The prison escape seems to me to take the freed man home or at least some place better. Mindless entertainment seems to do neither. Home is where Christ is, seated at the right hand of God — a transcendent place of wonders too amazing for Paul to write down when he was transported there in a vision. It puts us in God’s presence, creates satisfaction, gives us our hope.

Does mindless entertainment accomplish any of these things? Does it take us to some place better? How could it if it is mindless? God didn’t make us mindless, and for us to live in a mindless way even for a few hours, seems to me to be a downgrade of circumstances, not an upgrade.

One last thought — what might be mindless for one person, may not be mindless for another. Take sports for example. I remember when I first learned that the linemen in football actually had a plan, that they were assigned differing blocking schemes based on the play that was called. Suddenly running backs plowing straight into a pile of hulking bodies didn’t see silly. The whole game took on greater purpose. Someone else can watch the same game I watch, however, and see nothing but men running around in a way that seems disorganized and unproductive. An entire game of this would seem mindless to such a person.

I have to think the reverse is also true — things others find challenging for whatever reason might indeed be mindless to me (like tinkering with the engine of a car! or watching golf! or NASCAR!! 😉 )

What I’m questioning, I guess, is entertainment that a person declares to be mindless, then engages in fully, for hours. How does that fit in with, “Whatever you do in word or deed, do all in the name of the Lord Jesus, giving thanks through Him to God the Father”?

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Published in: on November 21, 2011 at 6:28 pm  Comments (1)  
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One Comment

  1. The “slave” thing applies very well to Americans today if we understand that we are indeed slaves to the banks to which we owe great debts. We don’t work directly for the banks, but we must work toward paying these debts. If you live in a house, earned a degree, drive a car, use credit cards… and it’s not paid for- then you are a slave.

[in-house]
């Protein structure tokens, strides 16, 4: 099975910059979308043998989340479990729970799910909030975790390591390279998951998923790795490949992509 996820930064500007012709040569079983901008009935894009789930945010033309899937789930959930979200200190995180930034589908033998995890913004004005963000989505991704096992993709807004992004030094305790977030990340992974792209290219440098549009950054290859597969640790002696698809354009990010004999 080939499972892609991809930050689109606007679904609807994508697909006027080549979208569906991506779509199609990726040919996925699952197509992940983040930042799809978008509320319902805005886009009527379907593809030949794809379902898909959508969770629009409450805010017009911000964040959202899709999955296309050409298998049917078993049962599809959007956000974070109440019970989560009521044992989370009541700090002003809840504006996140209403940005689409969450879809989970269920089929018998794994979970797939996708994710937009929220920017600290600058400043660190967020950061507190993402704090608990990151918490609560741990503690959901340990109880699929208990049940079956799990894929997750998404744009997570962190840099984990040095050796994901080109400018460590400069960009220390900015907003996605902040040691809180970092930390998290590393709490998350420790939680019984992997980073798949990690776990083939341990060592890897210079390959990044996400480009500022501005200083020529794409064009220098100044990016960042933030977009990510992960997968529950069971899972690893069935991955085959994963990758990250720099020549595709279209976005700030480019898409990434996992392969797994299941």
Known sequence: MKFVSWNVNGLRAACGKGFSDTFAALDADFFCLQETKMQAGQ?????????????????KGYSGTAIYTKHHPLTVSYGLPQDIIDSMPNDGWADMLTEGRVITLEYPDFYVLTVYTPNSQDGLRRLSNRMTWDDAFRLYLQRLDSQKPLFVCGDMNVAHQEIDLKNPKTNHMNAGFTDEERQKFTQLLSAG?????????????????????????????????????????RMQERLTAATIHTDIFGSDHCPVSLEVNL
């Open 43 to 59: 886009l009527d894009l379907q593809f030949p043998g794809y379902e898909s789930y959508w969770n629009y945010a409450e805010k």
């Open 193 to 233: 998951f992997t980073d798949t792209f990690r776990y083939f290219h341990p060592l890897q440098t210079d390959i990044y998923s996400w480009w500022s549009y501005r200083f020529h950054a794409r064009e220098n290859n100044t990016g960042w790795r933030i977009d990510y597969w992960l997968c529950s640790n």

Mindlessness sounds like a word to put-down activities you don’t understand. To me sports are mindless activities- a complete waste of time and money. But like you said, the person who understands what those over-paid fellas are doing out there… no, sorry. Sports are total mindlessness in my opinion and I really can’t see another perspective on it. If more men would pay half as much attention to God and Family as they do to their games, what a wonderful world this could be.

    But as a person who NEEDS mindless diversions, I have to say so here. My paying job is providing counseling services for abused children. When I am not working I need a good amount of personal time that I’m not expected to accomplish anything, when my mind can go other places to refresh. I get my Mindless time through playing Scrabble, and enjoying the fiction and blogs I read. Not to say that your blog doesn’t make me think, but it releases my mind rather than weighing heavy on it. To me that is good mindlessness. Is anything accomplished? Nothing of significance, but when I play I still know whose I am and try to play as honorably as I work. But it’s not time to accomplish anything in particular, just time spent to recover our resources to give our all to the Lord each new day in the activities that are productive.

    If football does for you what fiction does for me- then I am sorry to have put it down. I believe we need such things in our lives. As long as they are restorative, and not consuming to your life.